This paper offers a critical appraisal of the various methods used to date to investigate inequity in the delivery of health care. It concludes that none of the methods used to date is particularly well equipped to provide unbiassed estimates of the extent of inequity. It also concludes that Le Grand's (1978) approach is likely to point towards inequity favouring the rich even when none exists. The paper offers an alternative approach, which builds on the approaches to date but seeks to overcome their deficiencies.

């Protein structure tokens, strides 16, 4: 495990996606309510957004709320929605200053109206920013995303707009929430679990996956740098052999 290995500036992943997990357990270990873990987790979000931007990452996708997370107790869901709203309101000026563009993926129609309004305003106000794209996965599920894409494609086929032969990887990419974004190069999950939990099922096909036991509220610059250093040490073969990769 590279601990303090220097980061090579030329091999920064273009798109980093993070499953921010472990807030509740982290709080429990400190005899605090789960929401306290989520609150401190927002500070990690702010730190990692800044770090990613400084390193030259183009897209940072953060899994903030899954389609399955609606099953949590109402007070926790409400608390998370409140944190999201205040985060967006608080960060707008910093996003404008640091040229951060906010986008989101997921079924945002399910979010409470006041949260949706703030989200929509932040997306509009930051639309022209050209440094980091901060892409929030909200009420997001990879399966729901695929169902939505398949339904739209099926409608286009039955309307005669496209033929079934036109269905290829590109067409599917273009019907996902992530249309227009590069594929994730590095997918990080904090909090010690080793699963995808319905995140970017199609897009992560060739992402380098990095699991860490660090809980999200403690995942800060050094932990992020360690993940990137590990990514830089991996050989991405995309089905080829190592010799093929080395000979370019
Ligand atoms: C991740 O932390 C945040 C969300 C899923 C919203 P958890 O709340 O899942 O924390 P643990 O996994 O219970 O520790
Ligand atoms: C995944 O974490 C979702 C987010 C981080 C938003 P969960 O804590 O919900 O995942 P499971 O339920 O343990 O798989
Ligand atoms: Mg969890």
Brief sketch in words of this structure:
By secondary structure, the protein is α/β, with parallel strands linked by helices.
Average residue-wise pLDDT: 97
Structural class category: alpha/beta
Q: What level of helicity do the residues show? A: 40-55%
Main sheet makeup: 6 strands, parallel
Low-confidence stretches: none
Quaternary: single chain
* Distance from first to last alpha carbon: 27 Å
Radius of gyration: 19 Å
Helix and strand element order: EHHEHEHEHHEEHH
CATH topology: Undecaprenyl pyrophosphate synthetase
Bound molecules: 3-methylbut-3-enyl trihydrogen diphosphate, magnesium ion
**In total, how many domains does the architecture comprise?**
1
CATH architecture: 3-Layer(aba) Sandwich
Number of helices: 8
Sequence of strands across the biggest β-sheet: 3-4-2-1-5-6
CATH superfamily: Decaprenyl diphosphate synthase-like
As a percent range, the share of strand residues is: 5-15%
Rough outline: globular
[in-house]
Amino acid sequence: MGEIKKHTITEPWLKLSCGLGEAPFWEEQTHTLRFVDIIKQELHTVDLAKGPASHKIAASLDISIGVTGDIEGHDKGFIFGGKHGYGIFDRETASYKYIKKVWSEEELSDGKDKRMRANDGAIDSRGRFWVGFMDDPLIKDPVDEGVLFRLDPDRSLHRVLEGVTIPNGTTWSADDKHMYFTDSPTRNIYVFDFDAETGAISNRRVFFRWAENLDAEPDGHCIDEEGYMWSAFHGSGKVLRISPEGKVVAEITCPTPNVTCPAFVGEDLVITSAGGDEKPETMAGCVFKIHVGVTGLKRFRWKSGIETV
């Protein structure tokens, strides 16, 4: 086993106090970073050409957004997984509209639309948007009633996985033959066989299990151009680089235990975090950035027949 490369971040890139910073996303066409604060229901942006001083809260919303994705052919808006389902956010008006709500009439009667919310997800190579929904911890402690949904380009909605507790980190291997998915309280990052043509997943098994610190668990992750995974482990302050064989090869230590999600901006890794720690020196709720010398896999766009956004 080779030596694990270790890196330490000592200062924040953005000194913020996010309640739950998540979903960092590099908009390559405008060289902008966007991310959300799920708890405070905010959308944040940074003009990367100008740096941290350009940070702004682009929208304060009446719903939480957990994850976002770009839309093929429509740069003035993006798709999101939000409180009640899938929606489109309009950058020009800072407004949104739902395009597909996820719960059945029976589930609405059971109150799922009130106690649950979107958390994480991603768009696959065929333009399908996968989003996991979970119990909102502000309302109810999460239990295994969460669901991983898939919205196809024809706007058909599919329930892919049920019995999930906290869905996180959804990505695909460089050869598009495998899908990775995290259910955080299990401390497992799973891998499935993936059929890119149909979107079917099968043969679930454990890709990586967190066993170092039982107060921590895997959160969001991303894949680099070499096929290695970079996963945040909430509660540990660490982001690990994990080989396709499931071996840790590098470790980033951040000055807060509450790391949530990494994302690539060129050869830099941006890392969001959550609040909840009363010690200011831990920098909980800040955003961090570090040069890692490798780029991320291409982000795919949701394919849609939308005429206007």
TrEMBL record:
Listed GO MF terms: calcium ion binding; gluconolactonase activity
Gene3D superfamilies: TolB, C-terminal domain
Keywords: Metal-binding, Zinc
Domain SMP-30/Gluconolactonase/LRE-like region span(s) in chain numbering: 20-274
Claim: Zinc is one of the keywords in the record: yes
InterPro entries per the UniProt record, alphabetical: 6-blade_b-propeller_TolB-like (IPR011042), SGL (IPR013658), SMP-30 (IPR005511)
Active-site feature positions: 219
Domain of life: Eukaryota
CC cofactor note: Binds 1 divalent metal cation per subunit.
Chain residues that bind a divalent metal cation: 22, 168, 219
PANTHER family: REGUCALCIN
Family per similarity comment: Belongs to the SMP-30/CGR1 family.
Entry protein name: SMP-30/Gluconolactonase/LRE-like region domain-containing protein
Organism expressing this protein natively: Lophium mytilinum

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*This paper derives from the European Community’s COMAC project on Distributive Aspects of Health Care Policies. We are grateful to the EC for financial support and to Frans Rutten - the project leader - for encouragement and advice. We are also grateful to the Centro Europa Ricerche (CER) in Rome - and in particular to Stefania Gabriele - for providing data from CER’s Health Care Consumption Survey; to Ugo Ercolani of the Italian Ministry of Health and George France of the Istituto di Studi sulle Regioni for help in obtaining data on Italian health care expenditures; and to Jan van Emmerick for help in analysing data from the Dutch Health Interview Survey. We are also grateful to Guido Citoni, Julian Le Grand and an anonymous referee for helpful comments on an earlier version; the usual disclaimer applies. ‘The issue of vertical equity in the delivery of health care - i.e. the issue of how those in unequal need should be treated - rarely gets discussed in the health economics literature. Cullis and West (1979, pp. 237-239) is a rare exception. Hurst (1985) claims to address the issue of vertical equity, but uses the definition of equity proposed by Aday et al. (1980). namely that equity requires that illness be the major determinant of the allocation of resources. This definition is really a definition of horizontal rather than vertical equity (cf. fn. 6).